Ash tree import ban and thousands of Ash trees destroyed as a task force is established to try and save our woods

Tuesday, 30 October, 2012




Control measures have been put in place to try to control the deadly Ash dieback disease that threatens to wipe out thousands of acres of UK woodland. On Monday, 29th October a ban on the import of Ash trees came into play. A task force of UK tree experts has been established to try to control the outbreak. Environment minister David Heath told MPs that 100,000 ash trees had already been destroyed to try to prevent the spread of the disease.

Mr Heath said: "On discovering Chalara in the UK, plant health authorities took immediate action to rapidly assess ash trees for signs of infection at over 1,000 sites where ash plants from Europe had been grown or planted in the last five years."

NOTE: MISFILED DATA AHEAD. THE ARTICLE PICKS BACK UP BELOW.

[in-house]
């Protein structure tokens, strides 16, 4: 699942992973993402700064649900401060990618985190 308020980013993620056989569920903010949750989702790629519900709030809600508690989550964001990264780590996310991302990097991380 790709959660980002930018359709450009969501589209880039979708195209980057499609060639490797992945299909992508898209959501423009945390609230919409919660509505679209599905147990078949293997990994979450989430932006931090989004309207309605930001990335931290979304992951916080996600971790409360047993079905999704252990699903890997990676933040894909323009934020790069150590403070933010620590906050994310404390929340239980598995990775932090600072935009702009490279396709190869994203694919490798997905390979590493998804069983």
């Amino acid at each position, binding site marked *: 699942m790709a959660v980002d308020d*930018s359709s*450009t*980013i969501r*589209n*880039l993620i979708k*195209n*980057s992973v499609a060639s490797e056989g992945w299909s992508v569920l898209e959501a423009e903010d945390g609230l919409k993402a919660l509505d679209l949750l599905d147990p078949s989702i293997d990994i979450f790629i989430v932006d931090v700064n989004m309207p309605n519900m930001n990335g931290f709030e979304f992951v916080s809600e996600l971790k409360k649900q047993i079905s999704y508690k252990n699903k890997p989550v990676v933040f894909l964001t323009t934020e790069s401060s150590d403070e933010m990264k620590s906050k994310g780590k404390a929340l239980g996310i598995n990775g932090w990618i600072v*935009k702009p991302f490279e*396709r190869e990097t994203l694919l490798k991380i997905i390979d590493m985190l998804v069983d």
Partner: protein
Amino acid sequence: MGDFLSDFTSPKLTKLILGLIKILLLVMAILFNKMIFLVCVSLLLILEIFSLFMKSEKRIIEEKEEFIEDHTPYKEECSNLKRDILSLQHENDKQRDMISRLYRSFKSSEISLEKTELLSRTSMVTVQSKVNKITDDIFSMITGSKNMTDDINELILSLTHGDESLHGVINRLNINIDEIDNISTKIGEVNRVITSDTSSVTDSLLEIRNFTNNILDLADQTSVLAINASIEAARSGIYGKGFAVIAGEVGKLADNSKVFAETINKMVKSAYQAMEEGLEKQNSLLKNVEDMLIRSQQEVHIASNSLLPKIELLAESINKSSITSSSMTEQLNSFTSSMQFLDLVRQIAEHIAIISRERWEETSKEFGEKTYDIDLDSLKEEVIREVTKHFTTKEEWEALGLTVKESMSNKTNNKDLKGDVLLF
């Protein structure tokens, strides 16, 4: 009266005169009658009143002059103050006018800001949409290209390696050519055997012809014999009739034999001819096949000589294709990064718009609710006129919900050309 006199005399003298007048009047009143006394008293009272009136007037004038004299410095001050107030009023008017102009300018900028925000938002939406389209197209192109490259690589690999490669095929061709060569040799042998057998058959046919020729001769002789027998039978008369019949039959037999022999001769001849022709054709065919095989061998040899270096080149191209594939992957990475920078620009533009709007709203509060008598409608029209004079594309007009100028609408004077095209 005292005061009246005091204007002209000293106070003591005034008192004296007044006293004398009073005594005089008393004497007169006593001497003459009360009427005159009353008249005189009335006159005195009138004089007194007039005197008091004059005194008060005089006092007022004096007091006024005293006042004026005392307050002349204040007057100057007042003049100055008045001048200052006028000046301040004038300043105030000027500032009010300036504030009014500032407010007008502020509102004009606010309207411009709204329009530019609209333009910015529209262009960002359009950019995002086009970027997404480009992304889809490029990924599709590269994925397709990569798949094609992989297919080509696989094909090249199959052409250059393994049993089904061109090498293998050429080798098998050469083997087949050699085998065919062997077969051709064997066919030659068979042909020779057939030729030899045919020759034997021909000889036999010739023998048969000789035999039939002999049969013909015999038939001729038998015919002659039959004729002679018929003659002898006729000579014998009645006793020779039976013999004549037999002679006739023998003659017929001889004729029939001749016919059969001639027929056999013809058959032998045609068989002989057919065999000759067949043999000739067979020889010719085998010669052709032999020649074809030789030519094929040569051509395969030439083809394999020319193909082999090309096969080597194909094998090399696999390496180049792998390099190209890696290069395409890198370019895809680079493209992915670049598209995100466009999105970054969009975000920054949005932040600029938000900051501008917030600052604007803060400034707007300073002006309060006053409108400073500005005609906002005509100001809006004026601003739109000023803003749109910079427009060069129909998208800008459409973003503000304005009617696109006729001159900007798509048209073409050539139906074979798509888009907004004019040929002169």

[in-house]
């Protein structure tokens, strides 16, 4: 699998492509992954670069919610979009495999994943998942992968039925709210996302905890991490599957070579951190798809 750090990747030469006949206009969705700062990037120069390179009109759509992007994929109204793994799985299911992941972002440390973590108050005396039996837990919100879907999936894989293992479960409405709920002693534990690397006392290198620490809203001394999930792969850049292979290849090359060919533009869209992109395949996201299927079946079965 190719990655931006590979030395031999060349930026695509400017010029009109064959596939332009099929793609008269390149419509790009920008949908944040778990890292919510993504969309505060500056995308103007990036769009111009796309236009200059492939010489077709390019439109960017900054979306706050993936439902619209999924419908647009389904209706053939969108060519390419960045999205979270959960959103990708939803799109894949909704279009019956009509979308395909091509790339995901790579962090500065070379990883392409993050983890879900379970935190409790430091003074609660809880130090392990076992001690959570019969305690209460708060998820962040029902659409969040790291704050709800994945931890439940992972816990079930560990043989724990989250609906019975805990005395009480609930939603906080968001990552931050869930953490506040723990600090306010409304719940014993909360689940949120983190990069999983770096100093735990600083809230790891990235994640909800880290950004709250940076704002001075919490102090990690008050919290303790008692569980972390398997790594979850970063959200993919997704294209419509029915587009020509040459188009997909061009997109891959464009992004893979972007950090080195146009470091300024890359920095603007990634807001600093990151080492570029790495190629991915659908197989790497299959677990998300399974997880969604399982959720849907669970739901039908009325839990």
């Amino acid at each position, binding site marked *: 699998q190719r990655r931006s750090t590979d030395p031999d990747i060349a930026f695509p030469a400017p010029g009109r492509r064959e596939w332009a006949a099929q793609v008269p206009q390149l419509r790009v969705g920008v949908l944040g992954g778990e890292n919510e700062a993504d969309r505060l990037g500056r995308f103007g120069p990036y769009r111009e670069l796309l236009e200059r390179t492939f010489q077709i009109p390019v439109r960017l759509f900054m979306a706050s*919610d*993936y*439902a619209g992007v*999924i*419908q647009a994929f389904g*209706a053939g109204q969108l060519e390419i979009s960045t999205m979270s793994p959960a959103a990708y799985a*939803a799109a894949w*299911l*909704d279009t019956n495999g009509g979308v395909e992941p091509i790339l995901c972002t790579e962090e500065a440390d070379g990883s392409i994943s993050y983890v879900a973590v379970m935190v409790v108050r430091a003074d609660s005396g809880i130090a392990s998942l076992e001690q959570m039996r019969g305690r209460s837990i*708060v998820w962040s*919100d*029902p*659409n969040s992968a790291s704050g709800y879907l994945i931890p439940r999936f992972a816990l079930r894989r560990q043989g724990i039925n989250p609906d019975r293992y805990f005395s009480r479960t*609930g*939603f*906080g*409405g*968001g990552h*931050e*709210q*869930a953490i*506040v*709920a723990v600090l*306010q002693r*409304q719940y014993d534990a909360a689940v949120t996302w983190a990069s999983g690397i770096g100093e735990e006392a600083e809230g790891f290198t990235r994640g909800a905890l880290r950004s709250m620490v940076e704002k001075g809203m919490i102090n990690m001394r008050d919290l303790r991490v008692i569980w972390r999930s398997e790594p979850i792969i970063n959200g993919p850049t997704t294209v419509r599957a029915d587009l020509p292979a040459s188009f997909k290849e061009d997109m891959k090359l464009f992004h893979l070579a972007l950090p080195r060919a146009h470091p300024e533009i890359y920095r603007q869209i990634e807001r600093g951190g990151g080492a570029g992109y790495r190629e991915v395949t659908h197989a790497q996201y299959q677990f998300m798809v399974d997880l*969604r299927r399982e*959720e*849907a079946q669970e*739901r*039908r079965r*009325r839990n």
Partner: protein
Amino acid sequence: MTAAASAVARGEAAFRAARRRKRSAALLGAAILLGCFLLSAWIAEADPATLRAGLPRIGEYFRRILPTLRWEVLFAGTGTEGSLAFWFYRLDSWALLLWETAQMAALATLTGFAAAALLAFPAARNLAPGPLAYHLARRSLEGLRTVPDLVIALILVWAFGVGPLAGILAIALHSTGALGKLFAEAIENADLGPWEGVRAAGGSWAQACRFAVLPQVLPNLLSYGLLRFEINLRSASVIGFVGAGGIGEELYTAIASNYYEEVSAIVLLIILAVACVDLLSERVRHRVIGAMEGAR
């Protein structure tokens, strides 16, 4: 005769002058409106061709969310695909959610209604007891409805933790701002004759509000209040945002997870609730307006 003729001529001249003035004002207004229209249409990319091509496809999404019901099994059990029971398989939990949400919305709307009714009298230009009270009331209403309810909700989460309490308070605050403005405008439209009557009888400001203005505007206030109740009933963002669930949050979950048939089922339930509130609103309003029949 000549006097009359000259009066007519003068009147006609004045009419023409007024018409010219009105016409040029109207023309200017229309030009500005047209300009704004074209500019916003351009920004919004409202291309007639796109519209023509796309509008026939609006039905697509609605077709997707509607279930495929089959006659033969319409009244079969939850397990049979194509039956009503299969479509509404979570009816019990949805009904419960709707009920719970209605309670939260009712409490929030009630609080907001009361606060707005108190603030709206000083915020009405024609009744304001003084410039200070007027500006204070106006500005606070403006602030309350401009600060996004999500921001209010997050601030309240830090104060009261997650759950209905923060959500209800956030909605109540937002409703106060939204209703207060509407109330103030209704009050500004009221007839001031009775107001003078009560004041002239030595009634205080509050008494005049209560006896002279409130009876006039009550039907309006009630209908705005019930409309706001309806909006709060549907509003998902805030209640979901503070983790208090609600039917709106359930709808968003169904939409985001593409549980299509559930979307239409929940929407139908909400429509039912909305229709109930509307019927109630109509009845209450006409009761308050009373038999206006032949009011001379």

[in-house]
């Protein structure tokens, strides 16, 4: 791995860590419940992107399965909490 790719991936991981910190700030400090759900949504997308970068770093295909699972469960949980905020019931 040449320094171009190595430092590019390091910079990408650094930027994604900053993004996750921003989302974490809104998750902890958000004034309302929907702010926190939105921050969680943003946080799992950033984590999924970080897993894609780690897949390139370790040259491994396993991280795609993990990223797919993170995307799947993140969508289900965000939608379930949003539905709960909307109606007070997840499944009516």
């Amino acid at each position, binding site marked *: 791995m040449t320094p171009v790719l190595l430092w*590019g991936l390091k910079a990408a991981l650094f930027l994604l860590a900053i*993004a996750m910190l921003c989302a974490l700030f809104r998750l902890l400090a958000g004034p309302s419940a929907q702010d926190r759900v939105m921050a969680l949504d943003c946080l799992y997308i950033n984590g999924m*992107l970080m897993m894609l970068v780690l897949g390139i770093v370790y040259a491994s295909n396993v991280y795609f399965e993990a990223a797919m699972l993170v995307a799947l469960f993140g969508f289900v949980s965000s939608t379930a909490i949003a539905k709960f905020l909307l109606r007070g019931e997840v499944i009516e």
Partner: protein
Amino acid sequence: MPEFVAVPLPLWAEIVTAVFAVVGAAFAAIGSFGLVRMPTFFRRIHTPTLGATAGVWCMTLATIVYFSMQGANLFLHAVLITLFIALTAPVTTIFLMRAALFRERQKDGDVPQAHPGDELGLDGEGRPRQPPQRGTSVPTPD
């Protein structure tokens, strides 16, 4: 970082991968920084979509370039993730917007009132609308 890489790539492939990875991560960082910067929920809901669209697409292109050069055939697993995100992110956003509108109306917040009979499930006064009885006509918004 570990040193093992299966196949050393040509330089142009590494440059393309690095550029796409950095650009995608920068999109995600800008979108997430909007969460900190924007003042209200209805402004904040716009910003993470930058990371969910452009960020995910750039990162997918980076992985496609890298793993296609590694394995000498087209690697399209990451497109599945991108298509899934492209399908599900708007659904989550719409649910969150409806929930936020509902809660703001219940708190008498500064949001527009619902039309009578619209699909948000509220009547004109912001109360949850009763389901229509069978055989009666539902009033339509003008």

A voluntary moratorium on imports had been imposed before the government announced its temporary ban, he said.

Shadow ministers have accused the government of "dithering" over the summer and have attacked budget cuts for research into plant and tree health, a claim which is denied by Mr Heath.


Symptoms of Chalara dieback

  • Diseased saplings typically display dead tops and side shoots.
  • Lesions often found at base of dead side shoots.
  • Lesions on branch or stem can cause wilting of foliage above.
  • Disease affects mature trees by killing off new growth.